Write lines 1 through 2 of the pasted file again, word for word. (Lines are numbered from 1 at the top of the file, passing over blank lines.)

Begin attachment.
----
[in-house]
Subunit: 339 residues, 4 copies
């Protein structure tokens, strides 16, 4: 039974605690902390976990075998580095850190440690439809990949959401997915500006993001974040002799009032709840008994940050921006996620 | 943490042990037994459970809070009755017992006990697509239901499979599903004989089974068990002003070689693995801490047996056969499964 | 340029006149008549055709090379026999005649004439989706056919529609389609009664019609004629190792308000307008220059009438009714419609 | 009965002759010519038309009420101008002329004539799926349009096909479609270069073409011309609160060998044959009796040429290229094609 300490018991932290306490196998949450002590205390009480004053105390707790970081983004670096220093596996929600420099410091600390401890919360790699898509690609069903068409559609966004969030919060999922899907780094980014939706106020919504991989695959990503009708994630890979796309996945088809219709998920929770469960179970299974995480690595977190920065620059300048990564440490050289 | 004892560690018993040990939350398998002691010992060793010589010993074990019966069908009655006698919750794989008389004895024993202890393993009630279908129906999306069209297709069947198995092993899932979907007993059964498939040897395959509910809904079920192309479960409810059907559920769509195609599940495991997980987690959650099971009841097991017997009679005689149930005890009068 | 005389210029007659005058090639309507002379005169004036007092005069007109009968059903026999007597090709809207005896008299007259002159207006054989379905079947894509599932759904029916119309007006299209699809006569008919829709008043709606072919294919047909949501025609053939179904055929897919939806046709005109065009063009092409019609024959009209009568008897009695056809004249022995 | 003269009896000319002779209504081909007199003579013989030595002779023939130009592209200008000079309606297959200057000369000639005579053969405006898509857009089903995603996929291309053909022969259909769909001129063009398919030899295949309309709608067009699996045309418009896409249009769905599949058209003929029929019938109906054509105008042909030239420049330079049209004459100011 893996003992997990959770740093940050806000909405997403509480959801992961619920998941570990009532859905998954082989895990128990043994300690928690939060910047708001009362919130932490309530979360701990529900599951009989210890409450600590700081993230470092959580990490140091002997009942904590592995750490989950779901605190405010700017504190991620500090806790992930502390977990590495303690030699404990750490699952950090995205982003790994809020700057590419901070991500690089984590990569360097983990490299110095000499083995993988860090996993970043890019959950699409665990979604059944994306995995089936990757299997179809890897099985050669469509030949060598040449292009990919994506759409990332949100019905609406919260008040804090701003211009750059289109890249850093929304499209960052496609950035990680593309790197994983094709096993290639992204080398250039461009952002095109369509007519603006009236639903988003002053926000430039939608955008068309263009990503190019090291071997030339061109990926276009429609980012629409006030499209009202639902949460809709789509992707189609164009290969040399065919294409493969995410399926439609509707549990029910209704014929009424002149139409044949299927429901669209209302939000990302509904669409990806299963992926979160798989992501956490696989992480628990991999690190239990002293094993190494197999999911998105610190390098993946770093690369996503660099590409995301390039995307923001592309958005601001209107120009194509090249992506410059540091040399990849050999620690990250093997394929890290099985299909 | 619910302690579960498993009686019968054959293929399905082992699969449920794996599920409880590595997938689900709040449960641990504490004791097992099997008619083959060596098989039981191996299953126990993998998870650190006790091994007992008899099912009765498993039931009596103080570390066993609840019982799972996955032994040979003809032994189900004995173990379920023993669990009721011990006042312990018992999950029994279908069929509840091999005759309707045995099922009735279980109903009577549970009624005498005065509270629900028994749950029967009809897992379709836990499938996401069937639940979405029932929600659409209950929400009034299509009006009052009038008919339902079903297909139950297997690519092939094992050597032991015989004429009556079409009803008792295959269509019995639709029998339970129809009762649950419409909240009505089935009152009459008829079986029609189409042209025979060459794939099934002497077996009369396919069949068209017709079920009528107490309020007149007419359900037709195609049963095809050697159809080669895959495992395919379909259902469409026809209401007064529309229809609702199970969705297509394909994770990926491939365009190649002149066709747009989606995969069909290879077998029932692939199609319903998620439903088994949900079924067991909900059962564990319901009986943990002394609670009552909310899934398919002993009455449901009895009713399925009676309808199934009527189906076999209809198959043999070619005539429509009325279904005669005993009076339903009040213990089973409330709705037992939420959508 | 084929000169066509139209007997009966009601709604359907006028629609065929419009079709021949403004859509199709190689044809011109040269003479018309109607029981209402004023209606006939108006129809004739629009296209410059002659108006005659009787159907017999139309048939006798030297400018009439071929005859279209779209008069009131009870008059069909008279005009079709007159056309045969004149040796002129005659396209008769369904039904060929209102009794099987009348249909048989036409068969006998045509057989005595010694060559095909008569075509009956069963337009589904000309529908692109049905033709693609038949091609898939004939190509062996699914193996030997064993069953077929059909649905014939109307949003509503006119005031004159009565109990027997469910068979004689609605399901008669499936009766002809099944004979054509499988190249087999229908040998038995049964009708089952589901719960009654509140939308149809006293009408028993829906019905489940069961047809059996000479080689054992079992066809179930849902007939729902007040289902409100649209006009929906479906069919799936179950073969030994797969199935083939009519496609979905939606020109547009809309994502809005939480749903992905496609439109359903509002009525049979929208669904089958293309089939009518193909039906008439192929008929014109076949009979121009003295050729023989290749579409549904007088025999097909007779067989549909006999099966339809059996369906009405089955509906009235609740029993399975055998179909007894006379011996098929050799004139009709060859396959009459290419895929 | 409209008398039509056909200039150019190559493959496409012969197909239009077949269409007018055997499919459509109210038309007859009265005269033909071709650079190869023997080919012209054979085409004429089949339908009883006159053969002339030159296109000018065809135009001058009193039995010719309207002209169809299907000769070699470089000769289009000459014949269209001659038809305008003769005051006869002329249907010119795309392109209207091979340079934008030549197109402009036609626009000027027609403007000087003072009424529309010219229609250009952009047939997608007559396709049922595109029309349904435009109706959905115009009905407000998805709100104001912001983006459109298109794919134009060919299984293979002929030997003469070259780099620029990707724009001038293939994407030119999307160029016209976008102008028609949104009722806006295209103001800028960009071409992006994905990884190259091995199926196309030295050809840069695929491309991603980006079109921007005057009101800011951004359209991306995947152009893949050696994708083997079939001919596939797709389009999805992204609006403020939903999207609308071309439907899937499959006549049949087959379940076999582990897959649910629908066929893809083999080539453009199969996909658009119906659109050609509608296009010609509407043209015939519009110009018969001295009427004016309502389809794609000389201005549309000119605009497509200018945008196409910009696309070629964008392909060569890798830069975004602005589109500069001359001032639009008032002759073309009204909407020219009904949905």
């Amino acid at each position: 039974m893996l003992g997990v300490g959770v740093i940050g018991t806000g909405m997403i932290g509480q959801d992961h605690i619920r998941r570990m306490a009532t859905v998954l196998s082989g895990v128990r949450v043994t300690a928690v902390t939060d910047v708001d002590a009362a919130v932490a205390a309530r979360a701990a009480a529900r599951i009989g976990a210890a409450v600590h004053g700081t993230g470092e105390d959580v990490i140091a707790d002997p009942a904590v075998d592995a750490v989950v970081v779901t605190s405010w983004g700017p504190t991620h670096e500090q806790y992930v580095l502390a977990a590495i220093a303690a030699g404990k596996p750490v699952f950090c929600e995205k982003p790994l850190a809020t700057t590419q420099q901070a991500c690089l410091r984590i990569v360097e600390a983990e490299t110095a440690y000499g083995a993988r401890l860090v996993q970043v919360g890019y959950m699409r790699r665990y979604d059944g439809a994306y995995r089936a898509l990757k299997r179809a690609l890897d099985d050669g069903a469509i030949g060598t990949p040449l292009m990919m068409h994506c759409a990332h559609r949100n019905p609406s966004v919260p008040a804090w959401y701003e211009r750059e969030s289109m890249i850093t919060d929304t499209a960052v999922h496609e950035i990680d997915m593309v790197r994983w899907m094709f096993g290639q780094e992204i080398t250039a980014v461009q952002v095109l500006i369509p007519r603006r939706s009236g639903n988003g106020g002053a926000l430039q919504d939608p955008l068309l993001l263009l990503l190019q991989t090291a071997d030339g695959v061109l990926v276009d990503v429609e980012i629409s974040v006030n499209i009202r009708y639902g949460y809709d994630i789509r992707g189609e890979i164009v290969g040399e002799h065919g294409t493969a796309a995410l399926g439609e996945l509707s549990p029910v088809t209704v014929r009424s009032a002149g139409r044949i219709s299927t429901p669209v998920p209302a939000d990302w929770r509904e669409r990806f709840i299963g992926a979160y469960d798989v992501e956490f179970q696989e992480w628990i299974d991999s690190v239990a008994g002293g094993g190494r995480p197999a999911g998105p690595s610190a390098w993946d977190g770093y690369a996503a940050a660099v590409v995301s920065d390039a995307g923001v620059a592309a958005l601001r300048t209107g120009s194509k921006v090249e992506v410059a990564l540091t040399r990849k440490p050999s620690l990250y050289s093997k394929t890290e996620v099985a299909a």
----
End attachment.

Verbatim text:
[in-house]
Subunit: 339 residues, 4 copies